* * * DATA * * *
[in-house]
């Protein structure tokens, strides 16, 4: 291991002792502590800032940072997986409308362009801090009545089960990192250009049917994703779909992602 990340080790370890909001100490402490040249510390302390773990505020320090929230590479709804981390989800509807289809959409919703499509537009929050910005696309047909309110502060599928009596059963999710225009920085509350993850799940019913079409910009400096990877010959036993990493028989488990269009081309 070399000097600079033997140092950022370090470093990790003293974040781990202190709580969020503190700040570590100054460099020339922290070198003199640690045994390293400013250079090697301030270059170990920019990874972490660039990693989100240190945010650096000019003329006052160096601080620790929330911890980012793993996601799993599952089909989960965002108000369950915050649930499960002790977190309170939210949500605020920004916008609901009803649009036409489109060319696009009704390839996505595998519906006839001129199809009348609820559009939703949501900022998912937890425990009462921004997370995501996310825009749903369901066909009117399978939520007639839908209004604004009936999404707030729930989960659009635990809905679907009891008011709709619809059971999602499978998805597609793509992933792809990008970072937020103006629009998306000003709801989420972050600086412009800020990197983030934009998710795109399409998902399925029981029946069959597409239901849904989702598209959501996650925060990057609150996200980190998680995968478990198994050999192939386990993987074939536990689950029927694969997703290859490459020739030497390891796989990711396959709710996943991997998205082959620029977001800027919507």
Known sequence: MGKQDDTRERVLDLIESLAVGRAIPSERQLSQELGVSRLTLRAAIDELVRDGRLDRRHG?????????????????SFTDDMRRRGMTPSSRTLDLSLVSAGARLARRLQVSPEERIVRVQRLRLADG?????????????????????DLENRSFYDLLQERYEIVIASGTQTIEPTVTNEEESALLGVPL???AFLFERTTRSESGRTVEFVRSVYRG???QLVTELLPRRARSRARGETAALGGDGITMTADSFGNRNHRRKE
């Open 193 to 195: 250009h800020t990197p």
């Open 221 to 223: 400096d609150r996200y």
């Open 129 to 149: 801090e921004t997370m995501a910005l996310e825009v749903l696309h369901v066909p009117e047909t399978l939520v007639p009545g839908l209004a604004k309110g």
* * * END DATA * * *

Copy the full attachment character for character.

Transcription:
[in-house]
């Protein structure tokens, strides 16, 4: 291991002792502590800032940072997986409308362009801090009545089960990192250009049917994703779909992602 990340080790370890909001100490402490040249510390302390773990505020320090929230590479709804981390989800509807289809959409919703499509537009929050910005696309047909309110502060599928009596059963999710225009920085509350993850799940019913079409910009400096990877010959036993990493028989488990269009081309 070399000097600079033997140092950022370090470093990790003293974040781990202190709580969020503190700040570590100054460099020339922290070198003199640690045994390293400013250079090697301030270059170990920019990874972490660039990693989100240190945010650096000019003329006052160096601080620790929330911890980012793993996601799993599952089909989960965002108000369950915050649930499960002790977190309170939210949500605020920004916008609901009803649009036409489109060319696009009704390839996505595998519906006839001129199809009348609820559009939703949501900022998912937890425990009462921004997370995501996310825009749903369901066909009117399978939520007639839908209004604004009936999404707030729930989960659009635990809905679907009891008011709709619809059971999602499978998805597609793509992933792809990008970072937020103006629009998306000003709801989420972050600086412009800020990197983030934009998710795109399409998902399925029981029946069959597409239901849904989702598209959501996650925060990057609150996200980190998680995968478990198994050999192939386990993987074939536990689950029927694969997703290859490459020739030497390891796989990711396959709710996943991997998205082959620029977001800027919507």
Known sequence: MGKQDDTRERVLDLIESLAVGRAIPSERQLSQELGVSRLTLRAAIDELVRDGRLDRRHG?????????????????SFTDDMRRRGMTPSSRTLDLSLVSAGARLARRLQVSPEERIVRVQRLRLADG?????????????????????DLENRSFYDLLQERYEIVIASGTQTIEPTVTNEEESALLGVPL???AFLFERTTRSESGRTVEFVRSVYRG???QLVTELLPRRARSRARGETAALGGDGITMTADSFGNRNHRRKE
């Open 193 to 195: 250009h800020t990197p």
């Open 221 to 223: 400096d609150r996200y």
């Open 129 to 149: 801090e921004t997370m995501a910005l996310e825009v749903l696309h369901v066909p009117e047909t399978l939520v007639p009545g839908l209004a604004k309110g």